This smart home brewer turned me into a beer-making master in just 9 days

This smart home brewer turned me into a beer-making master in just 9 days
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For the past few weeks, I’ve morphed a section of my kitchen into a mini bar and brewery after devoting some countertop real estate to the Igulu F1 smart beer brewer.

As the name suggests, this neat, barrel-shaped appliance is a smart home device designed especially for brewing beer at home – or wine, or cider, or kombucha, if you’re not after something alcoholic. What’s more, you can insert a compatible keg into the machine to instantly serve pints when you don’t want to wait for a batch of your own brew to be ready.

If you do make your own beer, this smart device promises to take out all the hassle. It can automatically alter its temperature from 35°F-86°F (2°C-30°C) to best suit the needs of your brew. Thanks to an automatic pressure management system, if the Igulu F1 brewer detects the fermentation process is building up too much pressure it can release some to return to a safe value. This should prevent your system from exploding; something that can occur if you aren’t careful when brewing with a manual kit.

To see if brewing beer at home is really as easy as Igulu suggests I thought I’d give the F1 a whirl for myself, and I’ve been pleasantly surprised by the results. So much so that I’m already brewing my second batch.

My beer brewing redemption arc

I have exceptionally limited experience in the art of beer brewing. I helped my dad with a couple of beer-in-a-bag kits when I was a teenager (the results tasted like day-old urine) and while my biotech master’s did briefly mention beer brewing, the only thing I remember from that lecture is auto-brewery syndrome – a condition where your body effectively becomes a brewery; you eat carbs and then errant gut microbes produce alcohol inside you. If I contract that then something will have gone seriously wrong.

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It’s not out of the question: I worked in a pub one summer while I was home from university and I was never asked to work there again, so you can guess how that went.

The Igulu brewer next to bags with beer ingredients in

Here are the three beer kits currently available through Igulu (Image credit: Igulu)

To help me get started on a more successful brewing adventure, Igulu sent me three of its bag brew kits. If you’re an inexperienced brewer like me these are an excellent place to start. Like an alcoholic Hello Fresh delivery, they come with pre-portioned ingredients and instructions. 

What’s more, when you’ve followed the recipe and added all the ingredients to the F1’s removable keg, you simply place it back in the machine’s tank and then tap an included RFID chip to a spot on the machine’s logo. This starts a preprogrammed brewing process that does everything for you – manipulating the pressure and temperature to the beer’s precise needs, getting as cold as 35°F and as hot as 86°F (2°C and 30°C).

After waiting the nine days the machine said my beer would take (and then letting the concoction cool) I was finally able to drink some. I eagerly invited some family over to have a taste as well, and I think my dad summed up the result best: “It tastes like a beer.”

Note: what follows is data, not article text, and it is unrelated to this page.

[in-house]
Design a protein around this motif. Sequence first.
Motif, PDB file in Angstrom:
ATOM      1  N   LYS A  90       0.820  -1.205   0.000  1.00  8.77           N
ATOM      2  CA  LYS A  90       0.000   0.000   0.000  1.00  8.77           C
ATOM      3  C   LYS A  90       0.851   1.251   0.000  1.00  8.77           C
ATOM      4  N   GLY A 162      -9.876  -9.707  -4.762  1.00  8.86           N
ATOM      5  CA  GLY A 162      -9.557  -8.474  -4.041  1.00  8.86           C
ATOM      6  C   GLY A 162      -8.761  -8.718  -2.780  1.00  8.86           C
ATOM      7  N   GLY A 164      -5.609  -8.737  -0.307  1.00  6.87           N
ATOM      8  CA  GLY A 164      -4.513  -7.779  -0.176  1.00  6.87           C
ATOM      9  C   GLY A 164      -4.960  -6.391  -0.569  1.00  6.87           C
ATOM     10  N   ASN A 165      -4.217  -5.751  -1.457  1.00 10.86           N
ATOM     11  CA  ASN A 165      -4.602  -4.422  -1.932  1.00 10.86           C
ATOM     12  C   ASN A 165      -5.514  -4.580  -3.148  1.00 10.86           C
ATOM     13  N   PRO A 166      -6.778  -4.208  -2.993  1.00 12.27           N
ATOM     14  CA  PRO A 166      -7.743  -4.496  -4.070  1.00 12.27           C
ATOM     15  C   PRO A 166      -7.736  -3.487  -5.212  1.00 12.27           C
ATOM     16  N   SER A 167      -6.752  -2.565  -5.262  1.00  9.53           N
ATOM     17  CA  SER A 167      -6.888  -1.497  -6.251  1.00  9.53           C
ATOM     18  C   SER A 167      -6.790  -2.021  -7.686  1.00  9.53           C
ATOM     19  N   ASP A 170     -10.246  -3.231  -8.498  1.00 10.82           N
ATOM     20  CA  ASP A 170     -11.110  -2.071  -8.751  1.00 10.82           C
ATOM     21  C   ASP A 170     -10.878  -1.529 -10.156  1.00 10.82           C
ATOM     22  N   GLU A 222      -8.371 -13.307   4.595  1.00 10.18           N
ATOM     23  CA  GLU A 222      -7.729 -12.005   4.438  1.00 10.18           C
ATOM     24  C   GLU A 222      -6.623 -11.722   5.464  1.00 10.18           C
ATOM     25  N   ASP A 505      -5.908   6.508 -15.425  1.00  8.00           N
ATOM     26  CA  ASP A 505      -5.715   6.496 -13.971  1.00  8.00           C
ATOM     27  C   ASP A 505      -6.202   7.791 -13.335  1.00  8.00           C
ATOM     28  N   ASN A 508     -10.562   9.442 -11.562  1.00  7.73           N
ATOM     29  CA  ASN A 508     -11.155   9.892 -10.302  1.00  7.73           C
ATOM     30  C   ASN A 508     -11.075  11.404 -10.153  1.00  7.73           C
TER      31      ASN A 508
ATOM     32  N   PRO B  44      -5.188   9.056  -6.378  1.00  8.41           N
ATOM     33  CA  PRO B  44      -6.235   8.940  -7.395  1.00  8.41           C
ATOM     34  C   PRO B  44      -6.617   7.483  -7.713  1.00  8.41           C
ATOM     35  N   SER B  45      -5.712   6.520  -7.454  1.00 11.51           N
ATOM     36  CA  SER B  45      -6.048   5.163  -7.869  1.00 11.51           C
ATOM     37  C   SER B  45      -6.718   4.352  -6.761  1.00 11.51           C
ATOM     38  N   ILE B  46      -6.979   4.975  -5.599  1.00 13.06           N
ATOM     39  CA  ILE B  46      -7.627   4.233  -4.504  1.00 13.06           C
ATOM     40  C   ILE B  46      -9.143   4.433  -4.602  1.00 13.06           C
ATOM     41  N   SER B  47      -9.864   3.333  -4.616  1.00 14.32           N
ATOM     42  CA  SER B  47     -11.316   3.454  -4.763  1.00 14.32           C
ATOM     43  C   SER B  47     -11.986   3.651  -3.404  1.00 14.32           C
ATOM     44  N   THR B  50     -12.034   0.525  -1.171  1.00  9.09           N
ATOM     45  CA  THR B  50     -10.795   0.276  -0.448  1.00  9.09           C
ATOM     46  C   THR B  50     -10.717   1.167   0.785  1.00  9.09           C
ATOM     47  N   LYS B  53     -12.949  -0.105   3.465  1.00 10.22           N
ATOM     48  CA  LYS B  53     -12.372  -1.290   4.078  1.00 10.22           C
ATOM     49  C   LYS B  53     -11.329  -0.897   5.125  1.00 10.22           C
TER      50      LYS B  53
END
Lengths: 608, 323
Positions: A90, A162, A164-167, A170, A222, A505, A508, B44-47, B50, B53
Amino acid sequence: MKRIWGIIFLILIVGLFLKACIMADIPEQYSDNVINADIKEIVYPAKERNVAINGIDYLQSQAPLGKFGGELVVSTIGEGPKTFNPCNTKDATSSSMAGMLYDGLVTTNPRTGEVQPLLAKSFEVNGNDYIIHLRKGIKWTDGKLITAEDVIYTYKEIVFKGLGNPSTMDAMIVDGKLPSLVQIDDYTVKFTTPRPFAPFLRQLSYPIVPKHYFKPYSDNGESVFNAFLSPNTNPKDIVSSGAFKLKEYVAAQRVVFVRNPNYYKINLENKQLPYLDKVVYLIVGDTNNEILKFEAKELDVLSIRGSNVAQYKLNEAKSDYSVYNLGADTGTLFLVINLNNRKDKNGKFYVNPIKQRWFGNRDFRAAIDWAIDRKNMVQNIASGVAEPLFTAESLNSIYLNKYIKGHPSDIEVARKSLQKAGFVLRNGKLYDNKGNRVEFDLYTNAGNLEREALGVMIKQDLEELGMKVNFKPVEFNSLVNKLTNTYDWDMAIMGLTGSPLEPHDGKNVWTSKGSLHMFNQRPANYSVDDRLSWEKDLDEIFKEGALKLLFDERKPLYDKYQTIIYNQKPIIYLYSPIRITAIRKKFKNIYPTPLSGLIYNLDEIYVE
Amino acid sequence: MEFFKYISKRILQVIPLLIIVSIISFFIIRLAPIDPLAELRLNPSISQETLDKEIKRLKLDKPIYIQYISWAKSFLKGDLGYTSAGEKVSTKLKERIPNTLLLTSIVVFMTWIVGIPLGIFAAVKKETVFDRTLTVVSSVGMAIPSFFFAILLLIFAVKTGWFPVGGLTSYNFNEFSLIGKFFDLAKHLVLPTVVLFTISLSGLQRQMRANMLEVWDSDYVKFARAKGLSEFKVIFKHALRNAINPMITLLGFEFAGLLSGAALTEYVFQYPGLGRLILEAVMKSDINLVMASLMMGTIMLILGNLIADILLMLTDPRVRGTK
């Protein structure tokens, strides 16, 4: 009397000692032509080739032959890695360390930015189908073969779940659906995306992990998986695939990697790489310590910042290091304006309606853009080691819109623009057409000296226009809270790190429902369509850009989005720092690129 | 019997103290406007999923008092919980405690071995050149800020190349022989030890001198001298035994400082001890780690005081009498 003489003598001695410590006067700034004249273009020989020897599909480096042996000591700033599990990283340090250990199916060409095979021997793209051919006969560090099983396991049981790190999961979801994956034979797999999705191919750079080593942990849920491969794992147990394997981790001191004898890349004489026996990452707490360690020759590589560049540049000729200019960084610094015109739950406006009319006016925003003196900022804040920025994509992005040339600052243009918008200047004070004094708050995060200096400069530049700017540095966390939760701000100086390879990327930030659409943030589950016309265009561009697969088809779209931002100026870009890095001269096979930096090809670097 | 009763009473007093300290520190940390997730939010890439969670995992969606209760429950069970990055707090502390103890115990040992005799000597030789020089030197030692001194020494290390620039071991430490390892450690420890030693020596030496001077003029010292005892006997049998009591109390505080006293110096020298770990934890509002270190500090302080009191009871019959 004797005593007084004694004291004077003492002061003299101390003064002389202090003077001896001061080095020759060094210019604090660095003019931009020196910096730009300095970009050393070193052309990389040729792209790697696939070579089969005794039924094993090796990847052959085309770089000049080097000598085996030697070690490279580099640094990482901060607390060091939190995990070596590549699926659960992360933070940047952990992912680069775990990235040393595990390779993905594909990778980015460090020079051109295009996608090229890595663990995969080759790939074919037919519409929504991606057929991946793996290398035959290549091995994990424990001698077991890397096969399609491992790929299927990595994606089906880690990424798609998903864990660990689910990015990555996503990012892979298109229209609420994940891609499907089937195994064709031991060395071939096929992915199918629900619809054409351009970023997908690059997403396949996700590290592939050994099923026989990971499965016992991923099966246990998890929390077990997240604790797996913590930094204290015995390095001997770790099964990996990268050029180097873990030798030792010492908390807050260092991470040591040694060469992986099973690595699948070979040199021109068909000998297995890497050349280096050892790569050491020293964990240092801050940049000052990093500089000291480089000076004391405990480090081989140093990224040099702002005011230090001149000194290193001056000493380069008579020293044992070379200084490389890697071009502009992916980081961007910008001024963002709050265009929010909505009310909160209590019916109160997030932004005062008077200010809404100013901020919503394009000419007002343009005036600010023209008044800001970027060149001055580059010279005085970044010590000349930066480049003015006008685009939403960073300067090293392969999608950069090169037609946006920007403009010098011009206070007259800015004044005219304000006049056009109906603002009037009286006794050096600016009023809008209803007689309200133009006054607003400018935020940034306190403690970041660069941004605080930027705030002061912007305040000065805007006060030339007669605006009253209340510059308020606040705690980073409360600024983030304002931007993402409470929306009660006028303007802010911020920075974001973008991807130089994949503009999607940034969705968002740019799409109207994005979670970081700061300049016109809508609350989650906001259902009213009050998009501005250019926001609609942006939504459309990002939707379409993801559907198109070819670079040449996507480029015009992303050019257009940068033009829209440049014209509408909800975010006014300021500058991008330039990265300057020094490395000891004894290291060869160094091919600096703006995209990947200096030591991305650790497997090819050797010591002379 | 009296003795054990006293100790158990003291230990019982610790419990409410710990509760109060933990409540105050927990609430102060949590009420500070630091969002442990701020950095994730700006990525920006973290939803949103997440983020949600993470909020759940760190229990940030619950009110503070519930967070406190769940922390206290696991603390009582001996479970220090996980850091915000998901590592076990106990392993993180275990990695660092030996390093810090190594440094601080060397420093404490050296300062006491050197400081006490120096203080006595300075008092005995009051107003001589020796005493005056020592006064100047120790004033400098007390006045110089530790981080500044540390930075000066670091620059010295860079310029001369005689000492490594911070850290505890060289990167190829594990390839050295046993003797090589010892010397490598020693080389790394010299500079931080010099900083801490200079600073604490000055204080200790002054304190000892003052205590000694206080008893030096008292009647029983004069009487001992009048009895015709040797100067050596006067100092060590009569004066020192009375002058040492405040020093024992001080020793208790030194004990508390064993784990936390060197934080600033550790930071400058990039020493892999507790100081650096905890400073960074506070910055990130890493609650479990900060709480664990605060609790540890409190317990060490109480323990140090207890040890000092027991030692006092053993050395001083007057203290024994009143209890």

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Even if it’s not the biggest compliment I’ll take that as mission accomplished.

Flying close to disaster

The only thing I’d criticize about Igulu’s beer brewing machine is that the instructions aren’t always 100% clear.

For example, the instructions on the back of the beer bag I used gave me precise details on when and how to add all the ingredients inside, except for one of them. I then had to do a fair amount of online research until I found a video explaining what I should do to avoid disaster.

Additionally, while the main machine’s instruction manual is comprehensive it’s not laid out in the best way. It jumps around between different stages of the brewing process and the end result was I didn’t fully grasp what I should be doing at times, so I made a few avoidable (but thankfully minor) mistakes.

I also had issues getting the Igulu app set up on my phone. However, I never needed to use it so I can’t overly complain about this aspect.

Someone pulling a pint from the Igulu F1 brewer

I forgot to take a picture of the beer before I drank it all, so here’s a stock image (Image credit: Igulu)

Should you buy the Igulu F1?

Despite my issues, I think the Igulu F1 brewer is delightful. Even though I didn’t put that much effort into drinking the beer I’d brewed – that importantly tasted good – it came with the sweet taste of accomplishment. Saying that I also like that it can double as a keg cooler for those occasions when I want to pull a cold pint for myself or a guest but I don’t want to wait over a week for a batch to finish brewing.

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However, at its considerable $699 / £555 asking price, I’d liken it to a high-end espresso machine in terms of the people who should consider buying it.

If you drink beer regularly and want to try making your own then it might be worth picking up this gadget. That’s especially true if you don’t have the time in your busy schedule to operate a more manual beer-brewing system, or if you’re concerned with the brewing risks that the Igulu F1’s safety features help to mitigate.

If this isn’t you then you might be better served by regular beer from the store, or waiting for Igulu to release a more affordable model – though there’s no word on when or even if that’ll happen.

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